What Used Car Managers Don’t Want You to Know (2017 July)

CARFAX logotype

Used car managers can be a sleazy bunch, trust me I used to be one! When you meet one of these managers on a used car lot beware. They have an arsenal of selling tools that you don’t even know exist. There are however, easy to remember tips that you can use to protect yourself while shopping for a used car. Today we’re discussing the CARFAX report.

What is a CARFAX report? (actual info – July 2017)





CARFAX reports provide with the history of any used car. A complete report will give you 4 key items.

what is a CARFAX - lovely FOX

First is a title check

The title of a vehicle should tell you if the car is a registered lemon, has been salvaged, was flooded or completely rebuilt. I have known managers who keep two sets of titles, the old title, and the new title. The old title has the vehicles old history and doesn’t disclose anything. The new title would indeed show the status as being a “salvaged” vehicle, but they tend to forget to show you the new title. A CARFAX report will give you the status of the title regardless of what the actual title says.

Second is an odometer check

The most common need for this is a rolled back odometer. I have seen 2 vehicles with a rolled back odometer. One I could instantly tell something wasn’t right, but the other would have fooled me. It was a 5 year old car that was registered in Montana. The odometer said 68,000 miles which is reasonable for a car 5 years old. When I pulled the CARFAX as I always did it showed that the vehicle had a smog check done about 300 miles away and the vehicle had 137,000 miles at the time! I asked the customer about the discrepancy and he walked out immediately! Without the CARFAX I would have been stuck with a vehicle with a rolled back odometer.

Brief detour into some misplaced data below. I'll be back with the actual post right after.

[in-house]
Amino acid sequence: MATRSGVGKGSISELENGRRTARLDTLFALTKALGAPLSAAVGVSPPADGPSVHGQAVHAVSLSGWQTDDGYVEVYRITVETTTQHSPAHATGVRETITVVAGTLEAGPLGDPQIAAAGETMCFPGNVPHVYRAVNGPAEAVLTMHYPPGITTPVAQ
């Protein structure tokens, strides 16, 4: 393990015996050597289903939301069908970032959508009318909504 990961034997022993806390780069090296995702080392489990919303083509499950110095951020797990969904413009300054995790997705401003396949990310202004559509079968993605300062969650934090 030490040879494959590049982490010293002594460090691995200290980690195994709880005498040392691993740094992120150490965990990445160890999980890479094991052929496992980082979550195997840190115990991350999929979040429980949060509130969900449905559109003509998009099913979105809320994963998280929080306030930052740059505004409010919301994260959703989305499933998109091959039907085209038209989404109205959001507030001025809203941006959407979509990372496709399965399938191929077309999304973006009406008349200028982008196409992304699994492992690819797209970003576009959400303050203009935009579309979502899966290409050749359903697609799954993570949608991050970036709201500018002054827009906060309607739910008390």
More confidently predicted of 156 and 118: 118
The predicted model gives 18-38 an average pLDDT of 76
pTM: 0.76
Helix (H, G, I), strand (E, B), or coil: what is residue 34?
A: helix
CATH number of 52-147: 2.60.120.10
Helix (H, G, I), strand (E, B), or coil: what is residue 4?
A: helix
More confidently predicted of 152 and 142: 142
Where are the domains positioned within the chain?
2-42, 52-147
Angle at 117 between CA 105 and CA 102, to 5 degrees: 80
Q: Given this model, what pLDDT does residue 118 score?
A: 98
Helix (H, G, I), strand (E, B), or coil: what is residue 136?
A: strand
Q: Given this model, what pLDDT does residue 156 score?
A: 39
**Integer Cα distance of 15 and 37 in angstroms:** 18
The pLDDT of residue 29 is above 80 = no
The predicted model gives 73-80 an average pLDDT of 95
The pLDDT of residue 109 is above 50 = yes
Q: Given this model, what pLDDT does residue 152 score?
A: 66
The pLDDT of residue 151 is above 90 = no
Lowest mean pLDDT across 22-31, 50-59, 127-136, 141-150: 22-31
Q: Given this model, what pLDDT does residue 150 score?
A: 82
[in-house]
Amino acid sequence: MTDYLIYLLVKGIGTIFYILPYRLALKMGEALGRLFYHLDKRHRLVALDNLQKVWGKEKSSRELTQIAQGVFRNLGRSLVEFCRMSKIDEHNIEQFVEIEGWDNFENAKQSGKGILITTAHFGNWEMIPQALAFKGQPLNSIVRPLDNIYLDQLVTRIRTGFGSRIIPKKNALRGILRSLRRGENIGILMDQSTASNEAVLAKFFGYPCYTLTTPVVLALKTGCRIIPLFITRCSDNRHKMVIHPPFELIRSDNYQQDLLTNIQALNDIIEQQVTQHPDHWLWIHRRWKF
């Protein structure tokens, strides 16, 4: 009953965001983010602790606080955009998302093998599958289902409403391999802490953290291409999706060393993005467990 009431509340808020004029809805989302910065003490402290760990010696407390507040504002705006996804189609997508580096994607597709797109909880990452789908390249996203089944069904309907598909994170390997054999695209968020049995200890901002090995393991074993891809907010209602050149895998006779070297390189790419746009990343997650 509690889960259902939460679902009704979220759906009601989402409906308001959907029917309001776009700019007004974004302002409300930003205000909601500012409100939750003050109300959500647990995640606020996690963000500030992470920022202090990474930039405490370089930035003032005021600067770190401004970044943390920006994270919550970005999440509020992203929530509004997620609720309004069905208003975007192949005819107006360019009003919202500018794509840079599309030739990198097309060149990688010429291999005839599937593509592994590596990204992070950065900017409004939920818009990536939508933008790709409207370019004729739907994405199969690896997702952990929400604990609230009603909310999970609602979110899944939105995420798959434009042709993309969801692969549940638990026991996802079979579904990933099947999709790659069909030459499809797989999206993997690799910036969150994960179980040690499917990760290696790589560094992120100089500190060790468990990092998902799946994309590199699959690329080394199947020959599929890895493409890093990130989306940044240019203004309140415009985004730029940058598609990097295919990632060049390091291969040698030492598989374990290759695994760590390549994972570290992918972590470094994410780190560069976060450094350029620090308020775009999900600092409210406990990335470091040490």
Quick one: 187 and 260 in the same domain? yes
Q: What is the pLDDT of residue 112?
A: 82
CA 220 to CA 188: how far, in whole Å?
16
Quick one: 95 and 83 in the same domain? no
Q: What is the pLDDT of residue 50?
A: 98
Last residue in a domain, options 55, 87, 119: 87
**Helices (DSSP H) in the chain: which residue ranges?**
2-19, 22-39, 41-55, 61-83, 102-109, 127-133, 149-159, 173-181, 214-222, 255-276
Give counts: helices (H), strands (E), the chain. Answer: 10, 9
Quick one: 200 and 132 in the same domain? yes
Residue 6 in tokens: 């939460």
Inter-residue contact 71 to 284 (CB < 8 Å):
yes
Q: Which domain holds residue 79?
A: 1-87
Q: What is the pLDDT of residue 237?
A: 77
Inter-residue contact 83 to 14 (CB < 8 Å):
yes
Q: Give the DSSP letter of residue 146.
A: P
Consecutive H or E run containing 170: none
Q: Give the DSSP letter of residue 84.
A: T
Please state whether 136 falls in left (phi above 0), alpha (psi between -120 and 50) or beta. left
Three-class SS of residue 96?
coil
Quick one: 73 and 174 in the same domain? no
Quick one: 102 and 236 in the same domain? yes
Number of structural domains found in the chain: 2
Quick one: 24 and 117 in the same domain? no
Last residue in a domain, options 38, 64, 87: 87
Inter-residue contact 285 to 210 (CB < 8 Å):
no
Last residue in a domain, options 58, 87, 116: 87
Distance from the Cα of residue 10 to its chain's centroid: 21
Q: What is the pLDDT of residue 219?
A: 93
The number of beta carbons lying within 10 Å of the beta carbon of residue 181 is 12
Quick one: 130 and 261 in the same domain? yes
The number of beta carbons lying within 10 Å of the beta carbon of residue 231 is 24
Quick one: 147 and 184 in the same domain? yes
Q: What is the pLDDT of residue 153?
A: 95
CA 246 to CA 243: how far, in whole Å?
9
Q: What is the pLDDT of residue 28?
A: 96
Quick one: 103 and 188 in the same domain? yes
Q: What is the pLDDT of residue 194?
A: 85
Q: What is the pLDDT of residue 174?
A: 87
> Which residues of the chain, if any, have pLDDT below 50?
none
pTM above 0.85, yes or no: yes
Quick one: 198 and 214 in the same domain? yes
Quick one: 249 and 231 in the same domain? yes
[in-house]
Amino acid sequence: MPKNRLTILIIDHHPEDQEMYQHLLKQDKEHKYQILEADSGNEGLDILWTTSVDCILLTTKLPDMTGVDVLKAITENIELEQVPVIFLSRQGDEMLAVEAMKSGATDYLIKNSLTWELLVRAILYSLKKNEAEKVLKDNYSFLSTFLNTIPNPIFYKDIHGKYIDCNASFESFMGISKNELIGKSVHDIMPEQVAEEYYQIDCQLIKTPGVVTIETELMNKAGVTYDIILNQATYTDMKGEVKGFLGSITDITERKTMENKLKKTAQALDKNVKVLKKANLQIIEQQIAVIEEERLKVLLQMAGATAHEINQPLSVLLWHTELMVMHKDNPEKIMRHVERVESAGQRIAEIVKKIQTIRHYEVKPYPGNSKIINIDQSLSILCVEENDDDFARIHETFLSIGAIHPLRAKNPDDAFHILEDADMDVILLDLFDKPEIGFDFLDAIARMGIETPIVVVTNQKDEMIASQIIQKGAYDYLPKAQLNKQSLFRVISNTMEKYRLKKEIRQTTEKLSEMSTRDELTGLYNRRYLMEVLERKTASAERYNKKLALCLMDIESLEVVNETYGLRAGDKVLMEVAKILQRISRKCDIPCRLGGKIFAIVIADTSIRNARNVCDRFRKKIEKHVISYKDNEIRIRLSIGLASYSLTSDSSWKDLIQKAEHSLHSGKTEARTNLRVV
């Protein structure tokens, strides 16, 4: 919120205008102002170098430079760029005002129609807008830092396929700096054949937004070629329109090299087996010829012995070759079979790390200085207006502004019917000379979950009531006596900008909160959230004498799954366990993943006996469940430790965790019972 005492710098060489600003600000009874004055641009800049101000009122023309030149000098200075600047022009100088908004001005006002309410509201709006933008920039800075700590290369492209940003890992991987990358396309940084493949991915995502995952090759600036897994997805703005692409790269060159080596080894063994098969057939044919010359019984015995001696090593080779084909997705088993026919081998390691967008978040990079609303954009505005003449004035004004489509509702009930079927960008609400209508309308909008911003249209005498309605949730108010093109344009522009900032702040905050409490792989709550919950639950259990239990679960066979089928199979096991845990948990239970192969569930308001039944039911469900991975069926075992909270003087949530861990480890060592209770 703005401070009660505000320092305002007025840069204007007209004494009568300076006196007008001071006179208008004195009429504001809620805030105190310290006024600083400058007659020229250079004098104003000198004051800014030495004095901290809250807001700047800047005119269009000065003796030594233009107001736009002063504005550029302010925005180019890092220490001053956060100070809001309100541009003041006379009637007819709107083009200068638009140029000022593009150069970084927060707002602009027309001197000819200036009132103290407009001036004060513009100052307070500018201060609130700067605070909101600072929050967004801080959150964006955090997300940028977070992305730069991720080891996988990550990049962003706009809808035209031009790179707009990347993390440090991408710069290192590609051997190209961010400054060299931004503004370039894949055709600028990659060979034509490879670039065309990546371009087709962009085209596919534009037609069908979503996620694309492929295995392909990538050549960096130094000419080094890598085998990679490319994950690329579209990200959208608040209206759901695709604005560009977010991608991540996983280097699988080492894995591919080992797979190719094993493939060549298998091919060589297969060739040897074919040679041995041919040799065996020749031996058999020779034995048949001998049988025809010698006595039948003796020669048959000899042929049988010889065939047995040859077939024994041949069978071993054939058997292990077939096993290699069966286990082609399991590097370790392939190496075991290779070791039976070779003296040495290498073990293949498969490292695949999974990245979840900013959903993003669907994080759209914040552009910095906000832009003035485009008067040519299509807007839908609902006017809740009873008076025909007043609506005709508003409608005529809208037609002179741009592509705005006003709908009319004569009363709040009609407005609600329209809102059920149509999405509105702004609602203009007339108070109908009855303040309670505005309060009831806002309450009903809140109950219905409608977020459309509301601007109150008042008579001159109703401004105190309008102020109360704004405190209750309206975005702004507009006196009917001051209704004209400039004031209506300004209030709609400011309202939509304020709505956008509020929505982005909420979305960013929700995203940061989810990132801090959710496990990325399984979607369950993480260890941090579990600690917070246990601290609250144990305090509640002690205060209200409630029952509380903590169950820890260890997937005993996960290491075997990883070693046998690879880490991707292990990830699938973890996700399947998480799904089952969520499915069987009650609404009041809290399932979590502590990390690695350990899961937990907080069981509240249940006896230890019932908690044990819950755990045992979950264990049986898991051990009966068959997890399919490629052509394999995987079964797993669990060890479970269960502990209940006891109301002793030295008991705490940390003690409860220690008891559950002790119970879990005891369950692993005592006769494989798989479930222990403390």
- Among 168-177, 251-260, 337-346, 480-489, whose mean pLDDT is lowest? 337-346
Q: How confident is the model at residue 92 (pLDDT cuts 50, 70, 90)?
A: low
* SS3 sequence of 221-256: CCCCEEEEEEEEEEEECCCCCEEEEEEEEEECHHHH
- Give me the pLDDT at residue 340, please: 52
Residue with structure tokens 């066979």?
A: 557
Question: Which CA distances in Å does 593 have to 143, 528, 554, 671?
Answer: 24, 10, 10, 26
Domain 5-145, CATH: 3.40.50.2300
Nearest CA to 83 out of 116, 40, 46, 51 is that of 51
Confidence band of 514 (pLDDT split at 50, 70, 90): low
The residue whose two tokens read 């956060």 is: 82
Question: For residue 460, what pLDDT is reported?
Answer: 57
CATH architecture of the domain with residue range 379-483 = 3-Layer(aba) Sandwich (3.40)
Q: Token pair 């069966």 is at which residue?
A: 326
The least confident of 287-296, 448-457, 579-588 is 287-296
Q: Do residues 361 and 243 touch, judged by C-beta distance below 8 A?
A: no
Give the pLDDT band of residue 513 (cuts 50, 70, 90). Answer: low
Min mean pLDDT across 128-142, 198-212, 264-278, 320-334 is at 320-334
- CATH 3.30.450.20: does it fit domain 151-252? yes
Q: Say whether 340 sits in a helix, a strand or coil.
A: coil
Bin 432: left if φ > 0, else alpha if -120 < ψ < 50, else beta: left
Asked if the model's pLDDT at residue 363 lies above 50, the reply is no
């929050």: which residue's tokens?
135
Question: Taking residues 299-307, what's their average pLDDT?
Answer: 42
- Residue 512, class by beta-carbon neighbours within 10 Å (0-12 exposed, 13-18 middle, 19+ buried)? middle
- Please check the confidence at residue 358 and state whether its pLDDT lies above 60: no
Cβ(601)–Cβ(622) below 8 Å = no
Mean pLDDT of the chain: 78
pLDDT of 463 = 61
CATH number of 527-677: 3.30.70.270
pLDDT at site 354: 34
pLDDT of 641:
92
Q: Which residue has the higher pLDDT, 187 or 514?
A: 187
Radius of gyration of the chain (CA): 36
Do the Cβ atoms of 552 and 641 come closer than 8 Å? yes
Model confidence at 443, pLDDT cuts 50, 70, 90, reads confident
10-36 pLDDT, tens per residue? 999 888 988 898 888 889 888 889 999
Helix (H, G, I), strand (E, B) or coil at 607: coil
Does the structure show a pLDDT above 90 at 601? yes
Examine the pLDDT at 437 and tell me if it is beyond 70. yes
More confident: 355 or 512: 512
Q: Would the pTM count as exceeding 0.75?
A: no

CARFAX report - photo with scary car fox

Third is a what CARFAX calls the “Problem Check”

The problem check is a little vague, but gives some great information. It will tell you if the vehicle has been in a major accident (even if it wasn’t salvaged), was sold at a salvage auction (even if it wasn’t salvaged), has been involved in a fire (never buy a car involved in a fire), or if it was stolen. If a vehicle has been in a major accident, I would avoid it completely. Vehicles involved in accidents tend to have more problems throughout the years, and won’t be worth the money you’ll save.

Lastly is the registration check

Most of this information is available at the Department of Motor Vehicles (DMV, or whatever your state calls it), but CARFAX organizes the information for you to see and understand. The registration check will tell you how the vehicle has been registered in the past. Different types of registrations are handled differently by the DMV. This report will tell you if the vehicle was used as a rental, police car (even for undercover operations), taxi, fleet, or even if it was leased (and to whom it was leased). This information will help you better understand the history of the vehicle and how it was cared for. Fleet cars are taken care of extremely well, and I’ll tell you why in a later article.

CARFAX reports usually cost about $25 and are worth every penny. Many dealerships have a contract with CARFAX and can pull a this report at no cost to you. I pulled a CARFAX on every vehicle I sold and kept them in a binder to show customers. My cost was less than $10 for each report. If you are progressing through the sales process, and the manager can see you’re serious he won’t have a problem pulling a CARFAX for you.

As you can see, for $25 a CARFAX report can provide you with peace of mind, but also can potentially save you from a major used car buying problem!